Can someone please explain why it is what we often see intestines and liver used in kosher foods, but not kidneys?

Regarding the position of the organs, from what I can see in anatomy, the intestines are placed further back (in, say, a cow) than the kidneys, so I assume it's nothing to do with Gid Hanasheh.

Regarding chelev, if we can remove them from over the liver and intestines, surely we also can do it for the kidneys? Or does the smaller size of the kidneys make it not worth the trouble?

So what gives?
Could it be something to do with the Rabbinical view of the kidneys being linked to morality and emotion???


2 Answers 2


I found the following answer here:

"The Torah commands us to abstain from eating cheilev (Vayikra 3:17). These are specific fats which are found in the hindquarters of certain animals, sheep and cattle included. While the cheilev can be removed (using a method known as treibering), rendering the remainder of the meat kosher, this is a tedious and time-consuming task which can only be performed by professionally trained rabbis. It is not normally commercially viable to carry out this procedure. Additionally, due to the severity of the prohibition, some communities have adopted a custom of not using the hindquarters at all. This is the predominant custom in the USA, and it is followed by the OU.

As both round steak and kidneys are found in the hindquarters, they are included in this custom."

  • What about those who don't have this custom and do eat meat from the back of the animal? Apr 17, 2023 at 17:06
  • 1
    @fulltime indeed I've grilled kosher kidney for such a person
    – Double AA
    Apr 17, 2023 at 20:55
  • Also what about birds? I also see people advising that bird kidneys are problematic and birds have no issur chelev. E.g., chabad.org/library/article_cdo/aid/82670/jewish/…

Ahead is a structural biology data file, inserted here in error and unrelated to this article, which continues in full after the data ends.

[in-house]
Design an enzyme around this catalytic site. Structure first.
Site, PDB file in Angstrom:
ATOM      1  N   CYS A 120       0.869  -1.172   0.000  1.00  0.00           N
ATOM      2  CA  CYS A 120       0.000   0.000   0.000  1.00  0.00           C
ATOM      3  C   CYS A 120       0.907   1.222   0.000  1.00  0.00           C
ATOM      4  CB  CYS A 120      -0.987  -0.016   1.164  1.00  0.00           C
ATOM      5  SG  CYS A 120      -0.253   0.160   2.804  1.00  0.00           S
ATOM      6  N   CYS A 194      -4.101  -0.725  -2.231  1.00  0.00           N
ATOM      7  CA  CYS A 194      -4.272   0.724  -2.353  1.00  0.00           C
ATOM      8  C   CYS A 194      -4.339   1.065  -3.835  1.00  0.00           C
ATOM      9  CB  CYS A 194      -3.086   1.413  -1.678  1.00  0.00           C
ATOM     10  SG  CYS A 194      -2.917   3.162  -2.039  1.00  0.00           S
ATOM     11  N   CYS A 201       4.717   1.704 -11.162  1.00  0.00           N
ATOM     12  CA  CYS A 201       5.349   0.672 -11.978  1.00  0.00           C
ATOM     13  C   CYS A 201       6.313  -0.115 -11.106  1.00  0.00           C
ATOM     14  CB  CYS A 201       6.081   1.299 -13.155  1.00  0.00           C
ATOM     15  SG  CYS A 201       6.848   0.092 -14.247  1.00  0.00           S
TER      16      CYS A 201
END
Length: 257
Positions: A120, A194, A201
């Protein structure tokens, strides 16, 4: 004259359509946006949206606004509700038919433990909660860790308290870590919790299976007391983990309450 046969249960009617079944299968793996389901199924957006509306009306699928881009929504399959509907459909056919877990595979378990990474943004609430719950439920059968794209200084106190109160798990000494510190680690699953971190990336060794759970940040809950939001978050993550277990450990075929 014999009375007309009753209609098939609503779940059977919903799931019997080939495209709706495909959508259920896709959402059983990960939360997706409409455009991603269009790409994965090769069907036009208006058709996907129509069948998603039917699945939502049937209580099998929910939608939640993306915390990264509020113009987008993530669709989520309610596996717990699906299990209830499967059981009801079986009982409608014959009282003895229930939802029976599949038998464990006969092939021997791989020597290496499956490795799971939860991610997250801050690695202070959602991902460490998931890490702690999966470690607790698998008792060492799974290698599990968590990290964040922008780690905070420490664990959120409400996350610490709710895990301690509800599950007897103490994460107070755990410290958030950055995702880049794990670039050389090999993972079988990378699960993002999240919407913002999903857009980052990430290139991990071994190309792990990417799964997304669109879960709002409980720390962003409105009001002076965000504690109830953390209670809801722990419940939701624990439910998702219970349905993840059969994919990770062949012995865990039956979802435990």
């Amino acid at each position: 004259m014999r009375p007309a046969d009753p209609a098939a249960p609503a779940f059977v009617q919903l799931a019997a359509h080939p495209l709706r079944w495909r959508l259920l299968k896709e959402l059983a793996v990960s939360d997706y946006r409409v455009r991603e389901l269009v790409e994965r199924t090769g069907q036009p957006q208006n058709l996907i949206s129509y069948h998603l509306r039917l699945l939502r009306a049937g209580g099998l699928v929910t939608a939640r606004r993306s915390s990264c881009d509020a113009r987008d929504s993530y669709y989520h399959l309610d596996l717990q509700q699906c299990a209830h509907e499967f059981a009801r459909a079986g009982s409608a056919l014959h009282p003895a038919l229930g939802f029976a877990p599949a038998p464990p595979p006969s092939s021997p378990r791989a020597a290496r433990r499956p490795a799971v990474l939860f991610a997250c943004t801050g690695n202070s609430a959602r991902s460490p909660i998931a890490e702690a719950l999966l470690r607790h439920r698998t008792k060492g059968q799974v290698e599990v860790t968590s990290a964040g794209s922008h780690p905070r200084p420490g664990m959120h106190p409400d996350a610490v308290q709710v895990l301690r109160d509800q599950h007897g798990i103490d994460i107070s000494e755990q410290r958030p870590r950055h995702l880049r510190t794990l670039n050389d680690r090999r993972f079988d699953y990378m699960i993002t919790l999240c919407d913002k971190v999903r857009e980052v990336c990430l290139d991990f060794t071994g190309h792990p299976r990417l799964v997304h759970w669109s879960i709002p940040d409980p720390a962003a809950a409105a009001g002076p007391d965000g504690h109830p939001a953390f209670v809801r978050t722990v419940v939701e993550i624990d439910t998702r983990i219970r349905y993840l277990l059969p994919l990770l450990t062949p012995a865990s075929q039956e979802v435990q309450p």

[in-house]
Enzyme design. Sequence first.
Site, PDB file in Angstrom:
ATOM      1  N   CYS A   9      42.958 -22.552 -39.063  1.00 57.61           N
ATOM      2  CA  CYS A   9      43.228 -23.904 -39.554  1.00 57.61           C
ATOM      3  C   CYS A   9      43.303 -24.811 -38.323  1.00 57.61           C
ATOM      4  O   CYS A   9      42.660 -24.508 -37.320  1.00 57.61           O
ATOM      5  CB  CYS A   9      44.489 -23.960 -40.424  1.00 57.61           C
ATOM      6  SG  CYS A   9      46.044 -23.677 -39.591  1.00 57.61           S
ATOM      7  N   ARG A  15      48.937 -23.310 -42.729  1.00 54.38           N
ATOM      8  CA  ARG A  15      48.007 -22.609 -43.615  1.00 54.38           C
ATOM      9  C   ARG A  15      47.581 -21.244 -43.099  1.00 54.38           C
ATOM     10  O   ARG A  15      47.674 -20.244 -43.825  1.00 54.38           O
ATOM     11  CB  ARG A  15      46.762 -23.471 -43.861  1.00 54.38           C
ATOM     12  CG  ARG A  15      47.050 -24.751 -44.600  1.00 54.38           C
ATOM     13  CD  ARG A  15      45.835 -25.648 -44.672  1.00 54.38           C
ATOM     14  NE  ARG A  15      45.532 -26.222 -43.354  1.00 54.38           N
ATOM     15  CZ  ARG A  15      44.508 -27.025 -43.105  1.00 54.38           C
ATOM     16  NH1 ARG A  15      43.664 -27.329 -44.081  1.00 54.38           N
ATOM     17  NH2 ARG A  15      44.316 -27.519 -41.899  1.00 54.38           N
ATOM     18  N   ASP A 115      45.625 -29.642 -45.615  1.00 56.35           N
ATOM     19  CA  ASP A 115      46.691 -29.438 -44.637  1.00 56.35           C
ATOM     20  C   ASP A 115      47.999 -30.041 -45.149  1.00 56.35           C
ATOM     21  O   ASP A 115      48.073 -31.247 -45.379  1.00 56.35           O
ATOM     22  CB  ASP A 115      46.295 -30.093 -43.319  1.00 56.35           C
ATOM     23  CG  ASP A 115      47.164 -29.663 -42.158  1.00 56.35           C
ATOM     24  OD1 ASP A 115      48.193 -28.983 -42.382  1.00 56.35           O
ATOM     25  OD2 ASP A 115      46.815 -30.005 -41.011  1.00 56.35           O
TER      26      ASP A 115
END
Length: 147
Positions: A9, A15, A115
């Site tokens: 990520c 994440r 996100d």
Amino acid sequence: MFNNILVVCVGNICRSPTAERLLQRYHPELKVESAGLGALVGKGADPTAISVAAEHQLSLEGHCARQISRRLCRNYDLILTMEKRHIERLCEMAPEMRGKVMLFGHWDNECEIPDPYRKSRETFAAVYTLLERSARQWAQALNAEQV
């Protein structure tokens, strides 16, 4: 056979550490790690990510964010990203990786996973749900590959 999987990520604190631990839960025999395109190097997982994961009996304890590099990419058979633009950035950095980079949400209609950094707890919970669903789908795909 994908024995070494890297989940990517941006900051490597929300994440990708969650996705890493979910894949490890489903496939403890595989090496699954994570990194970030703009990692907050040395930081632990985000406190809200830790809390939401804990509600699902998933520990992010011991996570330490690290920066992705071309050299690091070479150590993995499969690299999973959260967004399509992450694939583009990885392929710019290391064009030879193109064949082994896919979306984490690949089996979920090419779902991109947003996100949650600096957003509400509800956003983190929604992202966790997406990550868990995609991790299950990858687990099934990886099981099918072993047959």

– Avraham
    Apr 17, 2023 at 20:58

Yes kidneys are kosher.

A possible reason they are considered problematic is because they might be viewed as having ribui dam - an abundance of blood, due to their appearance. This would cause issues with the salting process. See Shulchan Aruch Yora De'ah 73 for details on this, under the laws of liver1.

In Siman 74:1, the Mechaber and Rama discuss kidneys and both permit them. The Rama mentions there are some who have a custom to not cook the kidneys, and the Beit Yosef brings the Rokeach as forbidding them. The Darchei Moshe also says, as a result, that lechatchila, they should not be cooked2.

So in addition to Avishai's reason (see also SA Y'D 105:8), this may also be a reason you don't see kidneys in some butchers.

1 - To summarise, there is a gemara in Chullin 110B discussing how to prepare a liver for cooking. There is a principle of כבד אוסרת ואינה נאסרת - liver makes other pieces assur but does not itself become assur (due to its abundance of blood). Abaye asks if liver will assur other meat it is cooked with. Rabbeinu Tam understands his question to be "given that the proper way to kasher meat is by salting, but with a piece that is ribui dam, one shouldn't salt it but use another method, did the Rabbanim worry that by allowing liver in general, people might think you can prepare any meat without salting?". Rashi takes it further and says that Abaye is actually questioning if melicha works at all for these pieces (following the Rosh).

2 - I would be very interested to see if there is any connection with these opinions and a kabbalistic idea regarding emotions etc. like you ask, but haven't found anything.

  • Thankyou! 1. I suppose the size of the liver makes the effort more worthwhile. Guessing the blood factor would also affect if/how we might eat them raw if wanted... mishnahyomit.com/articles/Beitzah/Eating%20Raw%20Meat 2. Yeah, I figured that since we relate Gid Hanasheh to Jacob's struggle (and it's commonly associated with the concept of desire), something similar might apply here.
    – ANH
    Apr 21, 2023 at 8:38

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